BIRMINGHAM, Alabama (Reuters) - A self-styled collector for a Mexican drug cartel who confessed to more than 30 murders after he was arrested last month saw himself as a person who cleansed the world of bad and abusive people, the investigator in the case said on Friday.
California native Jose Manuel Martinez, 52, was arrested by U.S. border police in western Arizona last month after a records check showed that he was wanted on a homicide charge in Lawrence County in Alabama.
After being returned to Alabama, Martinez was charged June 3 with killing Jose Ruiz, a man who allegedly “disrespected” his daughter, Tim McWhorter, captain of the investigation division at the Lawrence County Sheriff’s Office.
During a two-hour interview in custody, Martinez appeared to take a professional pride in the killings that he felt would one day catch up with him.
“He was good at what he did and this was his shining moment. It was quite shocking. He said he expected the murders to catch up with him someday,” McWhorter, who coaxed the surprise confession out of Martinez, told Reuters.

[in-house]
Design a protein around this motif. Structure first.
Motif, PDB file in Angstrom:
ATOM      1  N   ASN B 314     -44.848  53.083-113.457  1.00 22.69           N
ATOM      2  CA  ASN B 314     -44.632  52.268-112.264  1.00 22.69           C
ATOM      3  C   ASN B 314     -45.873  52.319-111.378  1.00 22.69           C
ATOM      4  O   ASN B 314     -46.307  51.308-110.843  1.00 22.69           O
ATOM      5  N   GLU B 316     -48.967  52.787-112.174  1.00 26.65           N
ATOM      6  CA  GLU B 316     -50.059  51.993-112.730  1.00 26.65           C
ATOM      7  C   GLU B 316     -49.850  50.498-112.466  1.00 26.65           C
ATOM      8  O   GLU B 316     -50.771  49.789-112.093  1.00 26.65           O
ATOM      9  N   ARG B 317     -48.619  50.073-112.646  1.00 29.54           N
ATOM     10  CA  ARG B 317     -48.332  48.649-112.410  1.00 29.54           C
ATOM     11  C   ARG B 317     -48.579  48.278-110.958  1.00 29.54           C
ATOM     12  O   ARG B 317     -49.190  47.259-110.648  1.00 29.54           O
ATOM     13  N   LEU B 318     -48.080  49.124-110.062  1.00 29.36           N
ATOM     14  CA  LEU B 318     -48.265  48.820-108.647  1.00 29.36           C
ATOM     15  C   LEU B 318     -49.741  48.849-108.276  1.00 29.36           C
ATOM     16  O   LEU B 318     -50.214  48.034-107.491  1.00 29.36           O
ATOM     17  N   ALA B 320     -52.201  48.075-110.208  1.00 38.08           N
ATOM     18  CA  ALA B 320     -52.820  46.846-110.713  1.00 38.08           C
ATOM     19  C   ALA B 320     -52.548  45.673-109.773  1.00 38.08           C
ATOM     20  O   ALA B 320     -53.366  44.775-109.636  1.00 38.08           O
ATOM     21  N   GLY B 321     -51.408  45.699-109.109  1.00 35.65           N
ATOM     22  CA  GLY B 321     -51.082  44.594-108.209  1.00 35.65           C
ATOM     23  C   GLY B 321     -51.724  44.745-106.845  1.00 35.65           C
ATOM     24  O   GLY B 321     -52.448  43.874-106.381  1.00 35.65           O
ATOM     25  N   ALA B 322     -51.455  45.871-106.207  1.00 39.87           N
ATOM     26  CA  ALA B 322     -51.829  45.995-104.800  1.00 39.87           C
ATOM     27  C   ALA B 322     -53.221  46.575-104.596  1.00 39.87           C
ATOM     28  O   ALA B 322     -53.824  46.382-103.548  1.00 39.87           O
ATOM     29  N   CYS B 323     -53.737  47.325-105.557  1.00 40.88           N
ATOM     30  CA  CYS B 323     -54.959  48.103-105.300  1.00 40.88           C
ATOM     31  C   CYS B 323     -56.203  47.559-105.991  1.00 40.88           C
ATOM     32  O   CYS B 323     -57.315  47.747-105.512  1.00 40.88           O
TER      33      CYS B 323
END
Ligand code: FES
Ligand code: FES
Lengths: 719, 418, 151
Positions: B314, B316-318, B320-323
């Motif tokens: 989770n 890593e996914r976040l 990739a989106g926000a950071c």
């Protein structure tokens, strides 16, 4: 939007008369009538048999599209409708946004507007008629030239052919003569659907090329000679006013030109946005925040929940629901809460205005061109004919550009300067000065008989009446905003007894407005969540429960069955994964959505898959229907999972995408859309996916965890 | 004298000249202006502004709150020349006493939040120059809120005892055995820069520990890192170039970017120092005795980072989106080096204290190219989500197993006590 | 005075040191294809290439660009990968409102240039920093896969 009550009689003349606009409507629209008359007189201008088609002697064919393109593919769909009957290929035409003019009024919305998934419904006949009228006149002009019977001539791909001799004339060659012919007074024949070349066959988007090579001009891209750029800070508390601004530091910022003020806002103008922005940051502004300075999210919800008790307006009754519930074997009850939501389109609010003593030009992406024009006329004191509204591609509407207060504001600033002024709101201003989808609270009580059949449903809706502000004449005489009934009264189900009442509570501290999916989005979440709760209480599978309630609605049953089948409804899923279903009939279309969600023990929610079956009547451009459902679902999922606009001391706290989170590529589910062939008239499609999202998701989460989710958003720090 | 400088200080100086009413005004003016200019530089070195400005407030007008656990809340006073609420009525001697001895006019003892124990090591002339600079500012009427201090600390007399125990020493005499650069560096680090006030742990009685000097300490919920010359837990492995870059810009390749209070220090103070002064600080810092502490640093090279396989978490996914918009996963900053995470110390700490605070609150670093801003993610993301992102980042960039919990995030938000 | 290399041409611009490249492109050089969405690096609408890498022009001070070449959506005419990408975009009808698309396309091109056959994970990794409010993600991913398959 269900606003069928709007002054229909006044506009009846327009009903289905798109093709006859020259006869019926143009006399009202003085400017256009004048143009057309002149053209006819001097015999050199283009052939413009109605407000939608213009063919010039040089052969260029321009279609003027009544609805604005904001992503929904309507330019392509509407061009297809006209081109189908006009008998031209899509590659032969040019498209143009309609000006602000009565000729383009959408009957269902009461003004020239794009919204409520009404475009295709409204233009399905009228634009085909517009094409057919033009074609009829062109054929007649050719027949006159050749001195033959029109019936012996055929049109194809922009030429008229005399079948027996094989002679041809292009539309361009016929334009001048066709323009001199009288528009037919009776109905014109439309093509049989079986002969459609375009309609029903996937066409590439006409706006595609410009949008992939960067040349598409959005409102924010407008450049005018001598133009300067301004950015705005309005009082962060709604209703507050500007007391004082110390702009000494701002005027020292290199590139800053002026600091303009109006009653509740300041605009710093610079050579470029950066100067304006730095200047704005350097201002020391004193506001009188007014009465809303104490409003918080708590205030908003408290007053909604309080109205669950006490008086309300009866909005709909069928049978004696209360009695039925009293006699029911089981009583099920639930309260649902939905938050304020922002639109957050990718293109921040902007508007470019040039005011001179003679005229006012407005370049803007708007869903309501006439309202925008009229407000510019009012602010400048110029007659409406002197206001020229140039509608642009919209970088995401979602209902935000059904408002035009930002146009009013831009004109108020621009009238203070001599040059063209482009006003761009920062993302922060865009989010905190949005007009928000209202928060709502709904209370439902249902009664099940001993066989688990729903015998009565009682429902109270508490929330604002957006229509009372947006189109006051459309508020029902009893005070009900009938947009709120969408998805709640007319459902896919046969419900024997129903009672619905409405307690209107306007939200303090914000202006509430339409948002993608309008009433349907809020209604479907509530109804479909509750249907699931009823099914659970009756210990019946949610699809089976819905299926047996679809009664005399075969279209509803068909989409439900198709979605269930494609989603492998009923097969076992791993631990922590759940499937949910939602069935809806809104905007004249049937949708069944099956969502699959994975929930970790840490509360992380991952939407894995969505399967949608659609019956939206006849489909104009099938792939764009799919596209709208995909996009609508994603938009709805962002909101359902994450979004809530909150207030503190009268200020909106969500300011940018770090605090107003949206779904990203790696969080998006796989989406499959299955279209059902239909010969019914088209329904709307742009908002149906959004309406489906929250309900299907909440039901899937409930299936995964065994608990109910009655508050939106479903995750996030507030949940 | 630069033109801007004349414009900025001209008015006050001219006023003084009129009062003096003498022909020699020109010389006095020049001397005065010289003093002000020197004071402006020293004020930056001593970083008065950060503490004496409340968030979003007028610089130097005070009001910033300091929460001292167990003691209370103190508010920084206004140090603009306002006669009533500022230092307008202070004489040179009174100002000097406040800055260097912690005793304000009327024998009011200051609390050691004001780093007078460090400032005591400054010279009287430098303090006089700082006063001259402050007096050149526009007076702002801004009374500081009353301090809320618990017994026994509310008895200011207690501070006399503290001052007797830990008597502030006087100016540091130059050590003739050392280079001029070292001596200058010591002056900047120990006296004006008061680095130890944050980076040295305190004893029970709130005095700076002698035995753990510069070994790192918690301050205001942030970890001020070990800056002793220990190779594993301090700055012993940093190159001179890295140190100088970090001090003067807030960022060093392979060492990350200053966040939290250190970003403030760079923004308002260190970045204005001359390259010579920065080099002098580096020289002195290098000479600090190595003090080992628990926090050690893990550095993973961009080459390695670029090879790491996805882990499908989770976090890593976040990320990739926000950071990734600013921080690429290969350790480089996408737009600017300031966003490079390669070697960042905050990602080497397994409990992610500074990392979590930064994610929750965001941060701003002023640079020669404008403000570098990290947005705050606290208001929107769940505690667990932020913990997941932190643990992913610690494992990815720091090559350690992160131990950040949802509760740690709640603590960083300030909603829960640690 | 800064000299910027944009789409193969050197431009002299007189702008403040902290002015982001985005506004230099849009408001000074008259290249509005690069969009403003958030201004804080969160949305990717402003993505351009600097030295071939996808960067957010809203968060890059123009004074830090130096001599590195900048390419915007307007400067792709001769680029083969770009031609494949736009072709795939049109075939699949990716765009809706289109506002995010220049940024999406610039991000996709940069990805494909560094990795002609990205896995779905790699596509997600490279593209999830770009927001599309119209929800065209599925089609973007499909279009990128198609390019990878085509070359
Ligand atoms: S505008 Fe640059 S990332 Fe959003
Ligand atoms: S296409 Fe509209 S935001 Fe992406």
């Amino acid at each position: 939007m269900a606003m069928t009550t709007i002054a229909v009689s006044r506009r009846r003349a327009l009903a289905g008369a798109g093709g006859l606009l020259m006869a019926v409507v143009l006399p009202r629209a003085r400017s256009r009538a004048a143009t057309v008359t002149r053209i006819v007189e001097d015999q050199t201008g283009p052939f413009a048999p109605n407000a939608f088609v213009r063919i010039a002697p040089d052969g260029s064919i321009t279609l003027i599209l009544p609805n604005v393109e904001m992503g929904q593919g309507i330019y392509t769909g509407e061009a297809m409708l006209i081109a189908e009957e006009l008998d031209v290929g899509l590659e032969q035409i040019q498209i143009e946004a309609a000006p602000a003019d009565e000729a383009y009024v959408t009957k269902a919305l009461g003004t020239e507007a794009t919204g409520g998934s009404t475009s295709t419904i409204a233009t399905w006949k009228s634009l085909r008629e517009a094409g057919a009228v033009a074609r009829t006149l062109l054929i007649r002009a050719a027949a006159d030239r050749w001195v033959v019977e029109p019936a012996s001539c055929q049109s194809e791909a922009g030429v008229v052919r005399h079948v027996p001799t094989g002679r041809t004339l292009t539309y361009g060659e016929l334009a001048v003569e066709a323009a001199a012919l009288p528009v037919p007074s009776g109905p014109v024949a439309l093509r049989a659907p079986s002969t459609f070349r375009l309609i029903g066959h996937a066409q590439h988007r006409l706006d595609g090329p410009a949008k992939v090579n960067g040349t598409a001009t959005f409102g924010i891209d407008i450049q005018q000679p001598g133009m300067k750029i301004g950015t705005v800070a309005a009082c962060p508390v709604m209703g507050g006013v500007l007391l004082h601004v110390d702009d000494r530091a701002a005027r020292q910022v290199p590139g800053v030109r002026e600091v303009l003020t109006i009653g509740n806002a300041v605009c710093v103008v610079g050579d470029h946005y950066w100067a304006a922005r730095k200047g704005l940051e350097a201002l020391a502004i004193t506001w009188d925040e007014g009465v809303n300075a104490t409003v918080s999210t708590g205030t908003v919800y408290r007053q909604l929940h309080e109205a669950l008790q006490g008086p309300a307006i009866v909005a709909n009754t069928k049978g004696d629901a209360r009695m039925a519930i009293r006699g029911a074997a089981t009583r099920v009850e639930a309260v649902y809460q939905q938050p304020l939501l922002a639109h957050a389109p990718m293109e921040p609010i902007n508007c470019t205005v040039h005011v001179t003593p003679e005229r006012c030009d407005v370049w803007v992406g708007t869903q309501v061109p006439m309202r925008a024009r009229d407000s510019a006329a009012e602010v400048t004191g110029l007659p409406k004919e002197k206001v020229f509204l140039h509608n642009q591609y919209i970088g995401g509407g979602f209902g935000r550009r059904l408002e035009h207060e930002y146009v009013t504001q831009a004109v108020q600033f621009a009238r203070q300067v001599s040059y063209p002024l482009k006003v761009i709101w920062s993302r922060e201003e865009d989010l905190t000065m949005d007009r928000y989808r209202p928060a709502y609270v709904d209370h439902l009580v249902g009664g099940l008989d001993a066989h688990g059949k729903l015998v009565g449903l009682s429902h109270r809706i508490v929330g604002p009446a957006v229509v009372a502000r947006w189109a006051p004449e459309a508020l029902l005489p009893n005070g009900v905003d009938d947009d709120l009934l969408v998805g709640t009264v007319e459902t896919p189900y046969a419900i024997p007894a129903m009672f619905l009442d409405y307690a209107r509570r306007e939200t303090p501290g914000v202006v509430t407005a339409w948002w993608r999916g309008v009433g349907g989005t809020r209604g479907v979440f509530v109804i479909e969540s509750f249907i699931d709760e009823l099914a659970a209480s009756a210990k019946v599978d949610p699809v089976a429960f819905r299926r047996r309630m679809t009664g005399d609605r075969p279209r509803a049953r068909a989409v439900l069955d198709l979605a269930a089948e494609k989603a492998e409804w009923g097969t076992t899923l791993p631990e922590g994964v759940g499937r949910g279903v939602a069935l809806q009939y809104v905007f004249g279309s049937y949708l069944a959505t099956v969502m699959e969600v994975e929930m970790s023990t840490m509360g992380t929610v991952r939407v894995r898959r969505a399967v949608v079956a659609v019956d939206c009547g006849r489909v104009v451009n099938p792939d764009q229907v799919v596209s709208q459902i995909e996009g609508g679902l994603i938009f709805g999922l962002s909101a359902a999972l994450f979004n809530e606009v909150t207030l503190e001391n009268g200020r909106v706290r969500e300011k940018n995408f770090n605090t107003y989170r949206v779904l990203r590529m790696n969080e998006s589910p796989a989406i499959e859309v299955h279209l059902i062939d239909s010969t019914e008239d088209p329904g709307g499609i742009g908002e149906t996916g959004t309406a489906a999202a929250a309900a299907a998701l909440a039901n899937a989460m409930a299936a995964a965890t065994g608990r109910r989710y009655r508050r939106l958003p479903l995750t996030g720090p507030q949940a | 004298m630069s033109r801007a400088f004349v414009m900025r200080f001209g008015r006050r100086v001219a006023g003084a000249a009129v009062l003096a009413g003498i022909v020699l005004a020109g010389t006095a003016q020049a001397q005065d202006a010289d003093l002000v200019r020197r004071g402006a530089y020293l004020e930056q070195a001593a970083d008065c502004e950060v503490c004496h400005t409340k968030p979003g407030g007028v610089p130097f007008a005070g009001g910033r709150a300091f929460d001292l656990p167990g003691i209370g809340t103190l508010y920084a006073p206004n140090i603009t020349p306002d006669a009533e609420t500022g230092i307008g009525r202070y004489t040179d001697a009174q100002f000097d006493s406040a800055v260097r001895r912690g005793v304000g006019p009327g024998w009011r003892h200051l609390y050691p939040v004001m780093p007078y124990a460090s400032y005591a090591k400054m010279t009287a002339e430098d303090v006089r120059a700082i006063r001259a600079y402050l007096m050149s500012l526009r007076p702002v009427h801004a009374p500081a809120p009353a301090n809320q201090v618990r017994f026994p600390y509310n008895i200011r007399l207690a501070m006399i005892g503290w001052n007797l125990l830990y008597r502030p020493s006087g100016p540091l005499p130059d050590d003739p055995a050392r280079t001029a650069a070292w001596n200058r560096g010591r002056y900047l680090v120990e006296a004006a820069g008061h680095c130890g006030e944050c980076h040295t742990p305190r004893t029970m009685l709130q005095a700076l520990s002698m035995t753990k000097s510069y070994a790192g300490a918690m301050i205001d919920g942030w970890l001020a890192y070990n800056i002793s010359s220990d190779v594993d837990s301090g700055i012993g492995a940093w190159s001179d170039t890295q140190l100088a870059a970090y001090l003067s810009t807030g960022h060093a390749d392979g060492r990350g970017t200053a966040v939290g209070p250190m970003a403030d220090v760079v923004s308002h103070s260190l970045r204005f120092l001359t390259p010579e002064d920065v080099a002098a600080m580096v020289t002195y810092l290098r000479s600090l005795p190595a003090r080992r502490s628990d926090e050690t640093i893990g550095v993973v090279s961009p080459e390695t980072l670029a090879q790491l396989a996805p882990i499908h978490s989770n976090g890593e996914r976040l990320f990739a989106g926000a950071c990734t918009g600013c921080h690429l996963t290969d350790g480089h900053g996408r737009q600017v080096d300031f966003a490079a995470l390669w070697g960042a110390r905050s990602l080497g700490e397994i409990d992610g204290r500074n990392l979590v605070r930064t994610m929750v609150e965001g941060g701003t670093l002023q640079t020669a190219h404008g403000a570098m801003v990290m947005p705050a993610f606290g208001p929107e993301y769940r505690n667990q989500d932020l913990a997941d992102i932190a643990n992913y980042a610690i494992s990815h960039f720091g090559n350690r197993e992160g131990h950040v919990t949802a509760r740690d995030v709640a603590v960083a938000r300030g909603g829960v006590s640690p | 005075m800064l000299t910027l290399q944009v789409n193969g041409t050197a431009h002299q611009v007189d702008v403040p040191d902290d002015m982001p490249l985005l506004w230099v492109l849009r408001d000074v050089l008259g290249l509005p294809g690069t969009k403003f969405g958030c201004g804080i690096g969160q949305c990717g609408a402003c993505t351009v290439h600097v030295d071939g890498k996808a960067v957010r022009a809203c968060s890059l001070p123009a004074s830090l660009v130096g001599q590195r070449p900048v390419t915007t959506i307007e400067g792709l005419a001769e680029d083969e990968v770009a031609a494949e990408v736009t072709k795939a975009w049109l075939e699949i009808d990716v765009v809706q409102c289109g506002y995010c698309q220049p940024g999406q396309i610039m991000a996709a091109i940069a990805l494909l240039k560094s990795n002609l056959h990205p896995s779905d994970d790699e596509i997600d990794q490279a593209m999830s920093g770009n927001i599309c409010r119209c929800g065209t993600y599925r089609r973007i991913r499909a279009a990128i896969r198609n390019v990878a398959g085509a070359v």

“He rationalized his actions as ‘This is my job and I don’t kill innocent people,'” he said.
It is unclear if Martinez’ confession to dozens of murders is true. So far, investigators in Florida have linked Martinez to three murders, while police in California suspect him in the killings of 10 other people, McWhorter said.
Martinez said he killed Ruiz after he had called his daughter a bad person and a bad mother, said McWhorter.
Martinez is charged with felony murder, and if convicted faces a sentence of life in prison without the possibility of parole. Once his trial is completed, California and Florida have the option of trying him separately.
Martinez, who told investigators he was a debt collector for a Mexican drug cartel, gave the impression of being a likeable person with a sense of humor who is not physically intimidating.
“He has dark eyes and a real cold stare that if looks could kill ... it shows his dark side,” said McWhorter.
Ruiz, 32, was killed execution style March 4th. While Martinez was questioned at the time about the crime, there was not sufficient evidence to connect him to the murder.
When enough evidence was gathered, a warrant led to his arrest after he entered the United States from Mexico near Yuma, Arizona.
The suspect’s daughter, who McWhorter did not name, is horrified that her father turned out to be a serial killer and has confessed to murdering Ruiz, who she knew. Martinez and his daughter had been estranged for a number of years, according to McWhorter.
“She knew he had an evil streak, but never to this extent,” said McWhorter.
Rural Lawrence County normally investigates one murder a year, according to McWhorter.
Editing by Tim Gaynor and Eric Walsh